Lifetime of Dolphins’ devotion

Published 2:00pm 24 February 2022

Lifetime of Dolphins’ devotion
Words by Kylie Knight

For Henry Holder, the Redcliffe Dolphins’ 75th anniversary represents a big part of his life – playing, coaching, managing and administering the game and club he loves.

The Margate resident, who is now 84 years old, started playing as a 15-year-old soon after he moved to the Redcliffe peninsula from Canungra.

“There was nothing else to do. So, that was it,” Henry says.

“When I first came here, I didn’t have mates. I had to find them and probably through football is how I found them and I’ve still got them, the same ones … those that are still alive.”

He played every season from 1952-59, in the Murrumba District Rugby League competition and then BRL reserve grade.

Henry, who played in the front and second row, says he enjoyed the physicality of it and playing a team sport.

It is a passion he passed on to his three sons who also played and something he channelled into coaching juniors and managing teams from 1978-2006.

It was during that time that he worked with some of the game’s best coaches and players including Peter Leis, Ian ‘Bunny’ Pierce, Greg Conescu, Mark Murray, Greg Oliphant, Brian Winney, Arthur Beetson, Brent Tate, Chris Close, Troy Lindsay, Trevor Day, John Barber, John Abbott, Ross O’Reilly, John Boxall, Anthony Griffin, John Dixon, Neil Wharton and Petero Civoniceva to name a few.

“I’ve seen them all. There’s been a lot. If I could write a book, it would be full,” he says laughing.

“Bunny was everybody’s favourite. Bunny was a great guy.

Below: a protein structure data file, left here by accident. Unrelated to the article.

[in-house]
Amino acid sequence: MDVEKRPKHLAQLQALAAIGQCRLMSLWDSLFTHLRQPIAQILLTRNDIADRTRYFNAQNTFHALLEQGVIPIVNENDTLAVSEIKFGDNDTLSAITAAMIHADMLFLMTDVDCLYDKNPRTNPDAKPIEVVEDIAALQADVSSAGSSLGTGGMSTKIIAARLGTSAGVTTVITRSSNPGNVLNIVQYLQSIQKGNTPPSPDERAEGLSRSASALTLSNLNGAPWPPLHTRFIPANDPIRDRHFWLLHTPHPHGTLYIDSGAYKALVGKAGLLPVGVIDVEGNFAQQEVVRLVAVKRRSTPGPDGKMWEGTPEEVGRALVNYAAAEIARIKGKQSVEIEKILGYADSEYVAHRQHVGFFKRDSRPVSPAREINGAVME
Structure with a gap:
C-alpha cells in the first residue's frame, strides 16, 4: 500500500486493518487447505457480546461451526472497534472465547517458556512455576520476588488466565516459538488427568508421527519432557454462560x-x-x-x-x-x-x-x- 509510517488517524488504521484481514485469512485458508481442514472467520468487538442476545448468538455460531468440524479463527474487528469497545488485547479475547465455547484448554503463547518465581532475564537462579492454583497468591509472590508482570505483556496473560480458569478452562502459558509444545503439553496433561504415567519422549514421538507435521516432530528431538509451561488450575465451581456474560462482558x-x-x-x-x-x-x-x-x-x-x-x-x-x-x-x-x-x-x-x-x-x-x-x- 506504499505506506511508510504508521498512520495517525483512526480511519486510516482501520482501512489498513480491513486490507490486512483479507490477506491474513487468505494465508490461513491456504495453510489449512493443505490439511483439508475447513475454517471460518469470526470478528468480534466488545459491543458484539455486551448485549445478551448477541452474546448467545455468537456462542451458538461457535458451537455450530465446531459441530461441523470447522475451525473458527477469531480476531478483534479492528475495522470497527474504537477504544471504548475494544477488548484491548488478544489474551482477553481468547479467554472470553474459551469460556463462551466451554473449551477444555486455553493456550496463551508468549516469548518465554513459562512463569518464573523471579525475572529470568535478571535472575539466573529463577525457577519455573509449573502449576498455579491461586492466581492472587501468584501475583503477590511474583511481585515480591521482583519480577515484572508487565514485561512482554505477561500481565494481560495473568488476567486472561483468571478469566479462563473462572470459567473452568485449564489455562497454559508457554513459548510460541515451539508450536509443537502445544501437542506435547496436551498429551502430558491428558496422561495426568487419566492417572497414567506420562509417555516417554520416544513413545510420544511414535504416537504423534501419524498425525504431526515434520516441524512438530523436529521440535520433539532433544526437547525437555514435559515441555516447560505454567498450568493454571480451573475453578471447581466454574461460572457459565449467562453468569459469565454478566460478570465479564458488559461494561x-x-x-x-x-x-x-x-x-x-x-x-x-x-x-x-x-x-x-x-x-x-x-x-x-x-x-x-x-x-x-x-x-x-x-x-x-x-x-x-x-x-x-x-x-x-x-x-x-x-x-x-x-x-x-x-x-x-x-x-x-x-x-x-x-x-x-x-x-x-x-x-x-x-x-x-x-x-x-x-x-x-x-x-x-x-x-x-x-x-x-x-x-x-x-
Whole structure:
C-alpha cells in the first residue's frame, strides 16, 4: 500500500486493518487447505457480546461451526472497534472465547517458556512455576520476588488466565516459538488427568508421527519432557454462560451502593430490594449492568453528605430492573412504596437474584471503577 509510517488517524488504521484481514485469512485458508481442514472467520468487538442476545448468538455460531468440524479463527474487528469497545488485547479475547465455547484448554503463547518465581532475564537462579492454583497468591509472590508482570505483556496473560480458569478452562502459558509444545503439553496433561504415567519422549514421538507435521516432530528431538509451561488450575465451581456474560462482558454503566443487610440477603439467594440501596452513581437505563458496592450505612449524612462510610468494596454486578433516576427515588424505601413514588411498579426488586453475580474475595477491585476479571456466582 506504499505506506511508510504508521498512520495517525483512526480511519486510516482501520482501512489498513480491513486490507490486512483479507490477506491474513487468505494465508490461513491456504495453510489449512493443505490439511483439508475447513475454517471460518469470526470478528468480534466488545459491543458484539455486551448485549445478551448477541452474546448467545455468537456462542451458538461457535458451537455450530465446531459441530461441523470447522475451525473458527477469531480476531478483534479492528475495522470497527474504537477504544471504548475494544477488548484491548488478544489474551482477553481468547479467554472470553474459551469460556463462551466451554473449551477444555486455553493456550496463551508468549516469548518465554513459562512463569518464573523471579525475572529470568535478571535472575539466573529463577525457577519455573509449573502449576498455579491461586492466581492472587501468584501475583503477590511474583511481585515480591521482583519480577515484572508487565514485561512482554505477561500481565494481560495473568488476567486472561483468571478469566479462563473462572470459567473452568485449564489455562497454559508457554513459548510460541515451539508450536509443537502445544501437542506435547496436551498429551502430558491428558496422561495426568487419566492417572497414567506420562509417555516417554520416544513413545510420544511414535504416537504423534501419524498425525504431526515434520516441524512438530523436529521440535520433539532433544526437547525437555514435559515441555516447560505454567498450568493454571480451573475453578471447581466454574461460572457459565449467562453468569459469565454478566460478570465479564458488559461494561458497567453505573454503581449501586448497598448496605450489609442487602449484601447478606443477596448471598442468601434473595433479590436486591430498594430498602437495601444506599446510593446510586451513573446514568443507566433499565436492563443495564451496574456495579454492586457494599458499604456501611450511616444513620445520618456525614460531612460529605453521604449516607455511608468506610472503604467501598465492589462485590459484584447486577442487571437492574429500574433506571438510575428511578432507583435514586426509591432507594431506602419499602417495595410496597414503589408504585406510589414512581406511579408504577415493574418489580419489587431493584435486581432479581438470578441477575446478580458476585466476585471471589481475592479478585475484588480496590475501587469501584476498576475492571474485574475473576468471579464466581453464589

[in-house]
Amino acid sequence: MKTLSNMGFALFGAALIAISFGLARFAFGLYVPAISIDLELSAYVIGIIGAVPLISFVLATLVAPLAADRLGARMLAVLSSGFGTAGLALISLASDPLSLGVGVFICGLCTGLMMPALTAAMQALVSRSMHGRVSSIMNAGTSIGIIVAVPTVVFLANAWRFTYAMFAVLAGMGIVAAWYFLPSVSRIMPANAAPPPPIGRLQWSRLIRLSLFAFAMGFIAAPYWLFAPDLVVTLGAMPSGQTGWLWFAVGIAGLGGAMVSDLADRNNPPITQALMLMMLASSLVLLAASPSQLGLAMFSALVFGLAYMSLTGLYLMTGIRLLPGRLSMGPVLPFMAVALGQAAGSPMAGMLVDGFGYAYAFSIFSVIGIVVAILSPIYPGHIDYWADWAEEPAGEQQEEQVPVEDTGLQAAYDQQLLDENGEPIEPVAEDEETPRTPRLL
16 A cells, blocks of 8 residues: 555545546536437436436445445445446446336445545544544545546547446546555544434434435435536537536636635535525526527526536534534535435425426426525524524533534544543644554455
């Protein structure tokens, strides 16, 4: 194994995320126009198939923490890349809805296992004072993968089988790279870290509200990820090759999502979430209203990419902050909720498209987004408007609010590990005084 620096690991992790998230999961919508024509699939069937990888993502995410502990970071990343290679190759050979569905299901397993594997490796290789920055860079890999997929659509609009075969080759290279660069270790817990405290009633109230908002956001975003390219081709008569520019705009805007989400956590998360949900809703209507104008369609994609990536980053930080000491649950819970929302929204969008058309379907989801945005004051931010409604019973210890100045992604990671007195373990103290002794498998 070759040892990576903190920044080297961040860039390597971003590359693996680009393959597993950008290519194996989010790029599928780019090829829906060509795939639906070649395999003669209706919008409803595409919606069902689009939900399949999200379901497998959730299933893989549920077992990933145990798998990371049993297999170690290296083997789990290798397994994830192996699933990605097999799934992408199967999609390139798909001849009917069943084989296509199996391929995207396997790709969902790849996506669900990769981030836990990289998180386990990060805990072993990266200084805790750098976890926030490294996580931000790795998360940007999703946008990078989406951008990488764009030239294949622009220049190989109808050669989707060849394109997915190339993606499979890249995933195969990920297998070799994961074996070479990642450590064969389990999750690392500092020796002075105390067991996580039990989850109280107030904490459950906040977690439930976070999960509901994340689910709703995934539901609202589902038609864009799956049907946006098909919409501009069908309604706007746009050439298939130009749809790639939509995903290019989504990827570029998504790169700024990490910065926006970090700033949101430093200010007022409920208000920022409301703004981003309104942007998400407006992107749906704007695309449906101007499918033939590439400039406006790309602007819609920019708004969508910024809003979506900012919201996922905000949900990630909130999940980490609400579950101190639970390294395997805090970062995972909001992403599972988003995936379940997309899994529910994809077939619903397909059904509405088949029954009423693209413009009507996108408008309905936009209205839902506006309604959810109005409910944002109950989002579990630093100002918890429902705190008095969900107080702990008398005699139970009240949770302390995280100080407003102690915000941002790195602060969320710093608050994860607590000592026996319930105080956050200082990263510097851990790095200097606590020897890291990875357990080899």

“Brent Tate started here and went on and Petero … I had him right from 17s through to when he went away.”

So, it is fair to say he has had a hand in a few rugby league careers?

“I haven’t had many knockers that I know of,” he says.

Lifetime of Dolphins’ devotion

Lifetime of memories

When asked what the highlights have been, Henry answers quickly.

“Winning premierships. I think I got four of them,” he says.

Henry says the 1994 premiership win with Ross O’Reilly was a highlight as was the first one in 1965.

“I guess I just stuck to it all those years. I never had any arguments with coaches it was just pretty straight forward,” he says.

“I made sure things were right for the team, whether it was here or away.”

Henry has also been a key figure behind the scenes, serving on the football club board since 1992.

“All I’ve got to do now is survive until March (for the Dolphins’ first NRL game) next year,” he says laughing.

“At the moment I think it’s OK, I can’t tell you what tomorrow’s got. I’ve just got to keep doing what I’m doing and keep going.”

So, what does being a Dolphin mean to him?

“Everything. Once a Dolphin, always a Dolphin,” Henry says.

“Wherever you go, you’ll find one. You always know somebody there. I could go to Cairns, Mackay or Roma and know somebody … all over the place.”

He thinks that’s not bad for a kid who moved to Redcliffe and didn’t know anyone.

Read more about the Dolphins' 75 year history

Greats share Dolphins memories

Moreton Daily spoke to three Dolphins greats about their connection with the club as it celebrates its 75th anniversary this week.

Celebrating 75 years of Dolphins’ legends

From humble beginnings in 1947 at the Redcliffe Showgrounds the Dolphins has become a rugby league powerhouse, producing some of the game’s greatest players and now on the cusp of entering the NRL.


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